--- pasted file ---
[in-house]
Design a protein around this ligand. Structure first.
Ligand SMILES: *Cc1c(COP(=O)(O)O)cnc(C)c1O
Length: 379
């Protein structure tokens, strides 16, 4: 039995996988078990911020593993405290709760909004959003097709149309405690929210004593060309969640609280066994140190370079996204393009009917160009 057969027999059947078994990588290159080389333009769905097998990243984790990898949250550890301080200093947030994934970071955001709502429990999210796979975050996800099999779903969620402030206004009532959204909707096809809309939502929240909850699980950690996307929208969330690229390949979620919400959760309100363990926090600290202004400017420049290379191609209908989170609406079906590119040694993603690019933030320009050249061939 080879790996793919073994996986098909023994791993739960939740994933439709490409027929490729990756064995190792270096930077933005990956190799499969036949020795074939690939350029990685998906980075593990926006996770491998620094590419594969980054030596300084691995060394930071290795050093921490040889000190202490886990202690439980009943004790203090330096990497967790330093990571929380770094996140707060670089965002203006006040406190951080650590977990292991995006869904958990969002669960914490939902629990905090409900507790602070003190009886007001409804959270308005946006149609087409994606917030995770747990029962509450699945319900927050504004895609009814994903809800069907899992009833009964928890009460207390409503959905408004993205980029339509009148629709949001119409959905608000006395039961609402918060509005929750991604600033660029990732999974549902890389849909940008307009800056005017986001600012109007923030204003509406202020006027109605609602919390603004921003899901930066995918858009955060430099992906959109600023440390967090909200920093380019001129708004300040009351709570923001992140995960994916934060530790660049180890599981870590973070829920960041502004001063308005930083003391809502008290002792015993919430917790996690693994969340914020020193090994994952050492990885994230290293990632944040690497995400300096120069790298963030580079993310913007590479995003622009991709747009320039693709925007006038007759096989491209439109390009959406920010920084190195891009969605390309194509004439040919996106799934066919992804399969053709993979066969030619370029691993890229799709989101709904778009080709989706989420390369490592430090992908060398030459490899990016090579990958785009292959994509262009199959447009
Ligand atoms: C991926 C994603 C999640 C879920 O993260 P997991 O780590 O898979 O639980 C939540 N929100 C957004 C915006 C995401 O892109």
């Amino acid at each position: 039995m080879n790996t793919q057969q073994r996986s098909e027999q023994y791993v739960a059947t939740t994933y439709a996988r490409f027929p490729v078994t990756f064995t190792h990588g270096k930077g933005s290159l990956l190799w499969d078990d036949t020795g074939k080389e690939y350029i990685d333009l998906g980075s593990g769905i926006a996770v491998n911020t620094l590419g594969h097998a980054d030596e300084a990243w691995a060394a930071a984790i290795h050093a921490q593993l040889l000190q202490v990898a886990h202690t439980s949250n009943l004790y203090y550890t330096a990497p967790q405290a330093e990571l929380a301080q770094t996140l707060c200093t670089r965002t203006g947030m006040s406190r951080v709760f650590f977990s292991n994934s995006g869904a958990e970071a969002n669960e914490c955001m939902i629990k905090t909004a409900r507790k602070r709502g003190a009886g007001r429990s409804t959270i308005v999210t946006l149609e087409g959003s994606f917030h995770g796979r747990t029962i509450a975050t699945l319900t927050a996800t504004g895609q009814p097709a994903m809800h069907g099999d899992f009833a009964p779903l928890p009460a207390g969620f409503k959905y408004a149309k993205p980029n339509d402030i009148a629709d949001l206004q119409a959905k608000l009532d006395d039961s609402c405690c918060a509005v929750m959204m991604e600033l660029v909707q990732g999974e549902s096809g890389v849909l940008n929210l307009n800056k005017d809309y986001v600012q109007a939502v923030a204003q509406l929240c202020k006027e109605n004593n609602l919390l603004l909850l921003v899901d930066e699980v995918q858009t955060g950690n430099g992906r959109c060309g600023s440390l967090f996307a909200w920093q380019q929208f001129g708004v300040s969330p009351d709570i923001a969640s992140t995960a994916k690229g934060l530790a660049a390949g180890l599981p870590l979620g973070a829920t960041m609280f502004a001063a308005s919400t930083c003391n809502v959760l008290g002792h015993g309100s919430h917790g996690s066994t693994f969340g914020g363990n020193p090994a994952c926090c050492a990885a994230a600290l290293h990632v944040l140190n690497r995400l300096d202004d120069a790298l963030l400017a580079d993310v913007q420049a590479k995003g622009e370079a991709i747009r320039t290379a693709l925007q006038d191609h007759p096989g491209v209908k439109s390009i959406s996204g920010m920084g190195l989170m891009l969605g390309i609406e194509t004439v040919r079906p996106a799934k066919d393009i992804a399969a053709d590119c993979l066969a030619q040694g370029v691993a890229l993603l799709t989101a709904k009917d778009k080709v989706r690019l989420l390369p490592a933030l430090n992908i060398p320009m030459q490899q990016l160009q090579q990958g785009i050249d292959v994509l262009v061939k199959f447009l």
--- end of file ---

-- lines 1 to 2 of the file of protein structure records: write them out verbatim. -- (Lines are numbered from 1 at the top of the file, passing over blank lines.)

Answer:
[in-house]
Design a protein around this ligand. Structure first.